How To Clean Glasses
Cleaning glasses has recently taken on a new importance, since the arrival of the Covid-19 coronavirus. Research has shown that the virus can stay active on hard and shiny surface (like glasses frames) for up to 72 hours. Glasses are a good barrier for the virus, as it will stick to your glasses as well as your face. But cleaning your glasses has now become important in the fight against the spread of the virus. The CDC, the World Health Organization and others health authorities, have emphasized that both washing your hands and cleaning and disinfecting frequently touched surfaces daily are key in preventing Covid-19's spread. However, you can ruin your glasses if you use the wrong disinfectant on them.
How To Clean Your Glasses
Cleaning glasses and their prescription lenses properly takes time and patience. The best way to scratch your glasses lenses is with improper cleaning. Take a few minutes to learn how to clean glasses, and you will not regret it. For example, the people that have chronically scratched lenses are the ones that clean their lenses the worst. Here is the best way to clean your lenses:
1) Disinfectant soap. Hold the frames under a faucet of warm water. Get your fingers soapy and GENTLY rub the lenses and the frame. This will remove Covid-19, and grease and dirt without scratching the lenses. Glasses cleaner will not disinfect your glasses as well as using disinfectant soap.
2) Gently Dab Dry. The biggest mistake people make when learning how to clean eyeglasses is to rub too hard. Rubbing hard, especially on a dry lens, is where most of the scratches come from. Gently dab the cloth on the lens until it is dry.
4) Use a Soft Tissue. Use toilet paper or a tissue (without any chemicals in it) . The best cloth to use is a microfiber cloth, followed by a clean cotton cloth, followed by a tissue or toilet paper, followed by paper towels, followed by sandpaper (just kidding). If your cloth is not soft, the lenses will scratch. If your cloth is not clean, the lenses will scratch. The best way to ruin lenses over time is to dry them with your shirt, a paper towel, or some other handy cloth.
Don't Use Harsh Disinfectants On Your Glasses
There are many disinfectants which are fine for use in your bathroom and kitchen, but are very harmful for glasses. Using these chemicals could remove the finish from the frames, and/or the coating from the lenses. Even if your glasses look OK after using these on them once, repeated use will certainly harm your glasses. Do NOT use any of these on your glasses:
Window or glass cleaner
Any kind of alcohol
Any kind of bleach
How to Clean Green Corrosion Off Metal Glasses
We hear from customers periodically about the green corrosion that sometimes appears on well-worn metal glasses. This occurs because facial skin acids can be quite corrosive, and they eat away at the varnish the covers all metal glasses, until the underlying base metal is exposed. This then reacts with the oxygen in the air and creates the green tarnish that is unsightly and very difficult to remove.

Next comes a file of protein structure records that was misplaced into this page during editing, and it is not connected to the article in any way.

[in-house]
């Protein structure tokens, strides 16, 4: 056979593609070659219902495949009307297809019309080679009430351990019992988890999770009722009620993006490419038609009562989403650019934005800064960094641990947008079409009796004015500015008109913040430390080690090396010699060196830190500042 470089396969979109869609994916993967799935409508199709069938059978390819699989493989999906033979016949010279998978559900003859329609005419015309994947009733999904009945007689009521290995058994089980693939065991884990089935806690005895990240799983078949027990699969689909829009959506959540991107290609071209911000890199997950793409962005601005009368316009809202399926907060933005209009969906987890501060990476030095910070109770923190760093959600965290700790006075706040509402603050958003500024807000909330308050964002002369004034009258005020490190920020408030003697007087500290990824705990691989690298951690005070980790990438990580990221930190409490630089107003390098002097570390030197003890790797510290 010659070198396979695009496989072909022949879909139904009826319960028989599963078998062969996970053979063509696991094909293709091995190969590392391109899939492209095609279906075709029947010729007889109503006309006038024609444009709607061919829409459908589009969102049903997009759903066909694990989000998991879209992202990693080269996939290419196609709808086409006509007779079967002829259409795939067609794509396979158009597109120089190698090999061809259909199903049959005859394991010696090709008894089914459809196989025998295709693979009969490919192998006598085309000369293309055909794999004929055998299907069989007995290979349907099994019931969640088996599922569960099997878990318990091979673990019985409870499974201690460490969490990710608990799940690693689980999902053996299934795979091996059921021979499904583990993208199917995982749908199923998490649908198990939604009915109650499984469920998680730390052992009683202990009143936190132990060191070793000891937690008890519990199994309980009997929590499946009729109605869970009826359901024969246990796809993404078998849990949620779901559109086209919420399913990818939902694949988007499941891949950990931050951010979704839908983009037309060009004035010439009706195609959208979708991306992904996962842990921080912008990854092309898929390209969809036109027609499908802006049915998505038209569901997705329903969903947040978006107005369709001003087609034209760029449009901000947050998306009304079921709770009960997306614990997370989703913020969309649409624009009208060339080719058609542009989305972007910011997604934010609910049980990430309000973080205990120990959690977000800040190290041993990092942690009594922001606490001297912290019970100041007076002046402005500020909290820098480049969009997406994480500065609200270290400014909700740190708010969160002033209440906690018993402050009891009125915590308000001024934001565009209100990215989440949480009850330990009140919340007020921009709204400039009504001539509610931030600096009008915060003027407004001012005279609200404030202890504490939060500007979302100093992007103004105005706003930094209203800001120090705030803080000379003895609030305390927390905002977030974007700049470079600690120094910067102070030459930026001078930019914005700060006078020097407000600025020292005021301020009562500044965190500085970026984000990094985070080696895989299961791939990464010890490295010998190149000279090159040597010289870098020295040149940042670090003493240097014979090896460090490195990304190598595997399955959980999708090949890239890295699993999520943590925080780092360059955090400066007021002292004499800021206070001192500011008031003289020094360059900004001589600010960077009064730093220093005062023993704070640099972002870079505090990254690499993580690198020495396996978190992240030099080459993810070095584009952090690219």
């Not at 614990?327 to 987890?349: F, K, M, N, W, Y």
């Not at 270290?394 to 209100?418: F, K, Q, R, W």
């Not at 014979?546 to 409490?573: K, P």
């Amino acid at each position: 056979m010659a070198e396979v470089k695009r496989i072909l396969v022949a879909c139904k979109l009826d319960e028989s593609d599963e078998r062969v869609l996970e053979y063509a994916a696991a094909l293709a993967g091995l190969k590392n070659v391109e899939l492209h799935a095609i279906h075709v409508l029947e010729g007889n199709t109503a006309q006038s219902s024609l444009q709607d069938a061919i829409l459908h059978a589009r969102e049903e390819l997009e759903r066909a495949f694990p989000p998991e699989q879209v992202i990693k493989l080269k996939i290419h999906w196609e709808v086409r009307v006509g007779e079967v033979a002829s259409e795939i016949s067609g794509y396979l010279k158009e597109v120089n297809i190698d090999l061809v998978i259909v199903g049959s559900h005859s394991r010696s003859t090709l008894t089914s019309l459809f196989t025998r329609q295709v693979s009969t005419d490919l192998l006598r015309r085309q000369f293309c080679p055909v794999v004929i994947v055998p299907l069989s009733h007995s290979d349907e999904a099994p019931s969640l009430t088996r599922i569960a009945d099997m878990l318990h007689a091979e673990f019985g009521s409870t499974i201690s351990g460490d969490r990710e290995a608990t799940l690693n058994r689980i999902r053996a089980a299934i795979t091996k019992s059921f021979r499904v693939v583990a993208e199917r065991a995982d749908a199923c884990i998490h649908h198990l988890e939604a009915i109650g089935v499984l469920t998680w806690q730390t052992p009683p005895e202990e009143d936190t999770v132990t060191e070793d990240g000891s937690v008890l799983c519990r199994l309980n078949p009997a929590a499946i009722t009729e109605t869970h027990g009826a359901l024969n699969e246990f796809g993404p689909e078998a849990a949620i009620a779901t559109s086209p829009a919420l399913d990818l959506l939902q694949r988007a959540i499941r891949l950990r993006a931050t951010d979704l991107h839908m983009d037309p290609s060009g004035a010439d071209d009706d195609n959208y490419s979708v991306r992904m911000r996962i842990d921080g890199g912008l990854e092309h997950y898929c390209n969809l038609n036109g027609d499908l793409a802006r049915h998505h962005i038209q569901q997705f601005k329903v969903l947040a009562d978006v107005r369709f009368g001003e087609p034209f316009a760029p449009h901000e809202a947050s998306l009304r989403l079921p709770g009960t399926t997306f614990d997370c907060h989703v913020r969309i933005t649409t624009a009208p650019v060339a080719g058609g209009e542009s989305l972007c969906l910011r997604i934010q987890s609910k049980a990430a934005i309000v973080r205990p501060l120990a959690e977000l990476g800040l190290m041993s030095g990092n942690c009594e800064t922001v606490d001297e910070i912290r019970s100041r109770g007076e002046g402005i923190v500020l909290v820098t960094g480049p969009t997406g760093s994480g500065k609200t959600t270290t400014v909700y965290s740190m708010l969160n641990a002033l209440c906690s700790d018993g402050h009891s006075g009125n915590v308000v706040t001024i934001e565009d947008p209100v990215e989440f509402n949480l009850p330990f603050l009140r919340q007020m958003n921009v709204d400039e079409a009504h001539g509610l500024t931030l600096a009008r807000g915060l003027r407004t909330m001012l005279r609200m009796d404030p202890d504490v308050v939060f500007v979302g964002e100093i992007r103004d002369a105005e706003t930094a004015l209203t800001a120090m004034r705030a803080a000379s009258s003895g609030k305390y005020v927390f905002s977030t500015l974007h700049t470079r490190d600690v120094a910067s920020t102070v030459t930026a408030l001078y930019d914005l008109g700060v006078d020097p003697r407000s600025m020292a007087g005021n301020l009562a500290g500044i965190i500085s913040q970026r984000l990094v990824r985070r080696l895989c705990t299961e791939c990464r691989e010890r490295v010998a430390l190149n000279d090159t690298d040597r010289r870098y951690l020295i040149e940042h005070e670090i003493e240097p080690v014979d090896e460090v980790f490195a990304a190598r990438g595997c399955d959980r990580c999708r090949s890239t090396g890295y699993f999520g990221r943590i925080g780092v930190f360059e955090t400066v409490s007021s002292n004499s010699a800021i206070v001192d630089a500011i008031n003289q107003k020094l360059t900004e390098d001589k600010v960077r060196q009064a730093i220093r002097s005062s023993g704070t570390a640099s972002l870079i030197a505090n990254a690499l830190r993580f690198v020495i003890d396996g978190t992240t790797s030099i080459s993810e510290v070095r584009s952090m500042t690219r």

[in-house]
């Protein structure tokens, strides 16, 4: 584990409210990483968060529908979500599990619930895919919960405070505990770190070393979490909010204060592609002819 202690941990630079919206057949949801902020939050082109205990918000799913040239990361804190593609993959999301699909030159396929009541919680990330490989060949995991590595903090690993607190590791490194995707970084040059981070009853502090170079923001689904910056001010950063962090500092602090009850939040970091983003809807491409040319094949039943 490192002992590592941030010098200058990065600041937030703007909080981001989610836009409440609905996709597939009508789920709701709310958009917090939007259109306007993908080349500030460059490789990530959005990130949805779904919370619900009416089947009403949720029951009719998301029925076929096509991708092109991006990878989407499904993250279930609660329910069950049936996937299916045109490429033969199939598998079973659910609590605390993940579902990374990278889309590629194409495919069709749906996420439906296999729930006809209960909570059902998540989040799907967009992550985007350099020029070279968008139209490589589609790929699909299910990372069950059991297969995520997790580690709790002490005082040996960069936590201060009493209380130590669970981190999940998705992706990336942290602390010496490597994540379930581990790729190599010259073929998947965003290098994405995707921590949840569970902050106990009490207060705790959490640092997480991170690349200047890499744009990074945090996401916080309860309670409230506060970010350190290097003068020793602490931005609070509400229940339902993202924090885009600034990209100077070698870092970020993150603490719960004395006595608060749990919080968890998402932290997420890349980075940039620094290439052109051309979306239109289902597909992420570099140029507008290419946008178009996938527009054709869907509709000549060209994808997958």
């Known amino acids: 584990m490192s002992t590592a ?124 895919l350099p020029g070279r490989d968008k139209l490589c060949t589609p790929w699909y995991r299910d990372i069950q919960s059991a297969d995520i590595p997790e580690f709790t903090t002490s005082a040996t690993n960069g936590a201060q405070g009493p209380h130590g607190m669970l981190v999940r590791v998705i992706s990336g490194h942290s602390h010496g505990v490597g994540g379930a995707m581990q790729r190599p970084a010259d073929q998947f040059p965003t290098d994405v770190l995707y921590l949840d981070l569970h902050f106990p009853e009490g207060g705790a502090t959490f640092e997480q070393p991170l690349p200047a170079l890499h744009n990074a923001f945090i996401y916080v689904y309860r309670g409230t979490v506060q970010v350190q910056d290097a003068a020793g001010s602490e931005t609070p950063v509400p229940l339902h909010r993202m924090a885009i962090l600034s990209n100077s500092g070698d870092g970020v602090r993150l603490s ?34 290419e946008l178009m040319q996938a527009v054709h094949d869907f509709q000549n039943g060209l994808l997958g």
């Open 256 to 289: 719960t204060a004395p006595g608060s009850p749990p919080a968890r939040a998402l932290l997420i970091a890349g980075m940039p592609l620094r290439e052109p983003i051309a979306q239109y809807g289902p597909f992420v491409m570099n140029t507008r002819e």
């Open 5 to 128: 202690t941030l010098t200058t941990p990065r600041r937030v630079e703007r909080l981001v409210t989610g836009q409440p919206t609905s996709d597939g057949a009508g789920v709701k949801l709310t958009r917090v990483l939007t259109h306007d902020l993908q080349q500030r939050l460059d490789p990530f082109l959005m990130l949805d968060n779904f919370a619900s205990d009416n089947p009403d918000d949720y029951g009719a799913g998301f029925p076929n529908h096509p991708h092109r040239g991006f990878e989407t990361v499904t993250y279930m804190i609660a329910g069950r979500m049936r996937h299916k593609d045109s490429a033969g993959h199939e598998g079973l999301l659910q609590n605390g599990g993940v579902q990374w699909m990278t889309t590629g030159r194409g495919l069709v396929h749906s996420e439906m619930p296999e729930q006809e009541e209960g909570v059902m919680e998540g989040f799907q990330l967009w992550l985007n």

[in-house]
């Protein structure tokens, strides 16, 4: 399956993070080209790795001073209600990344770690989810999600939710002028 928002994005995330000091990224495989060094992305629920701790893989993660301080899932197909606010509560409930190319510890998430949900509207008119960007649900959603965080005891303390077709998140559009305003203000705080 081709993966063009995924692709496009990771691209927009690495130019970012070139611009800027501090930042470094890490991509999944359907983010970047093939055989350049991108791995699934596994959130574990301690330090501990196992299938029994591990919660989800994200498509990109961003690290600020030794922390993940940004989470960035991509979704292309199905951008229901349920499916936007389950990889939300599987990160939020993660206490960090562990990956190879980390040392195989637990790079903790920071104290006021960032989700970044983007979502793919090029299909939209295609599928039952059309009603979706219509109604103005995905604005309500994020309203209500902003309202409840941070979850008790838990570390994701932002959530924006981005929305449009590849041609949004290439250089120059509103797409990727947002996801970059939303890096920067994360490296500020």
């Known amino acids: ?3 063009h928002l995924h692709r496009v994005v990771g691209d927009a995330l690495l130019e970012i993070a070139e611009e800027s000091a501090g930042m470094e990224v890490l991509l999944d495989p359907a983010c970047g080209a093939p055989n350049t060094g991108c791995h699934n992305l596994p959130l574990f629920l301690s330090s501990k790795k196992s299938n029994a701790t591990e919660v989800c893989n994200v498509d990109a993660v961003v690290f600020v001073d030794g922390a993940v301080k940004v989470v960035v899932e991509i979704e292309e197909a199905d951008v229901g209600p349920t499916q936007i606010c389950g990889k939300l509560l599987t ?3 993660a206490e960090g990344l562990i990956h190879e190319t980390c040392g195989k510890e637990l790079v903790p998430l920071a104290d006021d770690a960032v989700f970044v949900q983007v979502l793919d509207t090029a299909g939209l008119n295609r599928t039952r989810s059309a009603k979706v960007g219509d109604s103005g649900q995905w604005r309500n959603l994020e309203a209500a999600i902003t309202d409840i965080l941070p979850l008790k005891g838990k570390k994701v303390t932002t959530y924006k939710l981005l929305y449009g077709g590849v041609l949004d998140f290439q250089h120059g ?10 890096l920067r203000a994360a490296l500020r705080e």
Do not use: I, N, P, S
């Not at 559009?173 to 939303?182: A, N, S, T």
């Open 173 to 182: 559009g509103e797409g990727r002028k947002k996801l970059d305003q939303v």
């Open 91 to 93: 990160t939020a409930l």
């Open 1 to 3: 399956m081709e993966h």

We at Eyeglasses.com cannot take credit for the following (edited) article, nor can we attest to its accuracy. But it sounds very accurate and it came from a devoted customer who seems to know his stuff!
Thanks again for all your help with my problem of cleaning my gold metal glasses frames. All this time, I have been working off and on with this problem, mainly by joining NACE online, which is the National Association of Corrosion Engineers. The NACE members gave me various suggestions, which I kept trying. At one point, I even tried a homemade electrolysis experiment, but it just turned the corrosion black. Today, finally, I hit the jackpot. Please see my message to NACE below. I hope this research will help you to help others with this kind of glasses problem. I had just about given up, and then, success!
I tried many things, but nothing worked, so I decided to go back and read past posts some more, in particular the one from Rafael Suarez Baldo (Tuesday, February 14, 2012) with a reference to Preservapedia about using sodium carbonate, trisodium phosphate, and sodium silicate in an ultrasonic approach. Last week I tried a little Woolite in my new, little, cheapo ultrasonic machine, but the results were not impressive (ultrasonic should never be used on lenses. If you want to clean the frame, the lenses must be removed first).
I thought I was just going to have to settle for the messy, time-consuming metal cleaner and pipe cleaners approach on my glasses, but this week I tried adding a little Natural Choices Oxy-Boost with sodium carbonate peroxyhydrate and Zep Pressure Washing Concentrate with sodium metasilicate. I ran the machine for one cycle and took a look, expecting the same usual disappointing results, but I looked again! The cable temples on my glasses seemed to gleam! I looked more closely--very closely! My glasses were gleaming, and I wasn't sure I could see any blue-green corrosion at all! Then I fished out my plastic temple covers from the ultrasonic machine, which I had put in just to see if it might do any good, and I couldn't see any blue-green corrosion on them, either! It even worked on the temple covers!
Thanks very much to all those NACE members who contributed ideas to solve my problem! I will send this good news to my optometrist, from where it hopefully may spread to all who are looking for a solution (no pun intended) to monel corrosion of metal glasses frames.
--Contributed by HT, 5/3/2012